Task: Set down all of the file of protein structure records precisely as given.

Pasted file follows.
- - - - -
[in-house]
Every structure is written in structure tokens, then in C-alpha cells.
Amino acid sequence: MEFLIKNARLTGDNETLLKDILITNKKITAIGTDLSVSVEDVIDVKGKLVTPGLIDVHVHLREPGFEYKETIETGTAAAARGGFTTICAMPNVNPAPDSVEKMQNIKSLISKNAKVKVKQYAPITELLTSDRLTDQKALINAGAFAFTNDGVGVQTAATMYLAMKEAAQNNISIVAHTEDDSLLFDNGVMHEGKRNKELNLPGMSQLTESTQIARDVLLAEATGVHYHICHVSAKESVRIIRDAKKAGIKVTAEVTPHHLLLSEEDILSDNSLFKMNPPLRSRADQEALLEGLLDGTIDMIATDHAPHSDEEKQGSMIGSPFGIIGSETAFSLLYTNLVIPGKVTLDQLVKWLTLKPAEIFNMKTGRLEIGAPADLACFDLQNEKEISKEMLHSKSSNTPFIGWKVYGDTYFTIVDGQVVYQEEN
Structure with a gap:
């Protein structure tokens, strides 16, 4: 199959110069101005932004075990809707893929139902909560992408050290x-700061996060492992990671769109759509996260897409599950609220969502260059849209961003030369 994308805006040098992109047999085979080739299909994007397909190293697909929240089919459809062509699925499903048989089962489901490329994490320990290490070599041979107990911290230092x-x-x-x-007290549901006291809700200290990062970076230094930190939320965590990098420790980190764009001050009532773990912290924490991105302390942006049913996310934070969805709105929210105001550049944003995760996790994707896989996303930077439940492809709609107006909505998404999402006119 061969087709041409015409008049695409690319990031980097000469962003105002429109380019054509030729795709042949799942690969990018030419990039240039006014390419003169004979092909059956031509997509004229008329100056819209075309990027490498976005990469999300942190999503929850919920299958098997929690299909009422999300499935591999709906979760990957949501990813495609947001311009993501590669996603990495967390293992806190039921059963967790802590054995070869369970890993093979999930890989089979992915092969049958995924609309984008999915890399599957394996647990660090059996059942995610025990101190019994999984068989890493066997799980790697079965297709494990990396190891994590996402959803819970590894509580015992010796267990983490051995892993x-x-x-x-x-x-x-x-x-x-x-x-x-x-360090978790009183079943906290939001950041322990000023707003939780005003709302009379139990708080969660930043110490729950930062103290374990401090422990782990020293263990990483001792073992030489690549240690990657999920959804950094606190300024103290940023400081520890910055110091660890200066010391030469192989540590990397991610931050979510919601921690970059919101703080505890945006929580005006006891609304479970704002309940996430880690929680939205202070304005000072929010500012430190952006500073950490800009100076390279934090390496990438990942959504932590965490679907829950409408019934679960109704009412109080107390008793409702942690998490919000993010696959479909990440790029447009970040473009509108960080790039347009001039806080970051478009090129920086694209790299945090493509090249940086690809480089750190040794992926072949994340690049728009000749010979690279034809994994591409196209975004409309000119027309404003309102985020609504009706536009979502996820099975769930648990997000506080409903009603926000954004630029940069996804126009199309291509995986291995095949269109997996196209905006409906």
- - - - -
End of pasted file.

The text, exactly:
[in-house]
Every structure is written in structure tokens, then in C-alpha cells.
Amino acid sequence: MEFLIKNARLTGDNETLLKDILITNKKITAIGTDLSVSVEDVIDVKGKLVTPGLIDVHVHLREPGFEYKETIETGTAAAARGGFTTICAMPNVNPAPDSVEKMQNIKSLISKNAKVKVKQYAPITELLTSDRLTDQKALINAGAFAFTNDGVGVQTAATMYLAMKEAAQNNISIVAHTEDDSLLFDNGVMHEGKRNKELNLPGMSQLTESTQIARDVLLAEATGVHYHICHVSAKESVRIIRDAKKAGIKVTAEVTPHHLLLSEEDILSDNSLFKMNPPLRSRADQEALLEGLLDGTIDMIATDHAPHSDEEKQGSMIGSPFGIIGSETAFSLLYTNLVIPGKVTLDQLVKWLTLKPAEIFNMKTGRLEIGAPADLACFDLQNEKEISKEMLHSKSSNTPFIGWKVYGDTYFTIVDGQVVYQEEN
Structure with a gap:
């Protein structure tokens, strides 16, 4: 199959110069101005932004075990809707893929139902909560992408050290x-700061996060492992990671769109759509996260897409599950609220969502260059849209961003030369 994308805006040098992109047999085979080739299909994007397909190293697909929240089919459809062509699925499903048989089962489901490329994490320990290490070599041979107990911290230092x-x-x-x-007290549901006291809700200290990062970076230094930190939320965590990098420790980190764009001050009532773990912290924490991105302390942006049913996310934070969805709105929210105001550049944003995760996790994707896989996303930077439940492809709609107006909505998404999402006119 061969087709041409015409008049695409690319990031980097000469962003105002429109380019054509030729795709042949799942690969990018030419990039240039006014390419003169004979092909059956031509997509004229008329100056819209075309990027490498976005990469999300942190999503929850919920299958098997929690299909009422999300499935591999709906979760990957949501990813495609947001311009993501590669996603990495967390293992806190039921059963967790802590054995070869369970890993093979999930890989089979992915092969049958995924609309984008999915890399599957394996647990660090059996059942995610025990101190019994999984068989890493066997799980790697079965297709494990990396190891994590996402959803819970590894509580015992010796267990983490051995892993x-x-x-x-x-x-x-x-x-x-x-x-x-x-360090978790009183079943906290939001950041322990000023707003939780005003709302009379139990708080969660930043110490729950930062103290374990401090422990782990020293263990990483001792073992030489690549240690990657999920959804950094606190300024103290940023400081520890910055110091660890200066010391030469192989540590990397991610931050979510919601921690970059919101703080505890945006929580005006006891609304479970704002309940996430880690929680939205202070304005000072929010500012430190952006500073950490800009100076390279934090390496990438990942959504932590965490679907829950409408019934679960109704009412109080107390008793409702942690998490919000993010696959479909990440790029447009970040473009509108960080790039347009001039806080970051478009090129920086694209790299945090493509090249940086690809480089750190040794992926072949994340690049728009000749010979690279034809994994591409196209975004409309000119027309404003309102985020609504009706536009979502996820099975769930648990997000506080409903009603926000954004630029940069996804126009199309291509995986291995095949269109997996196209905006409906």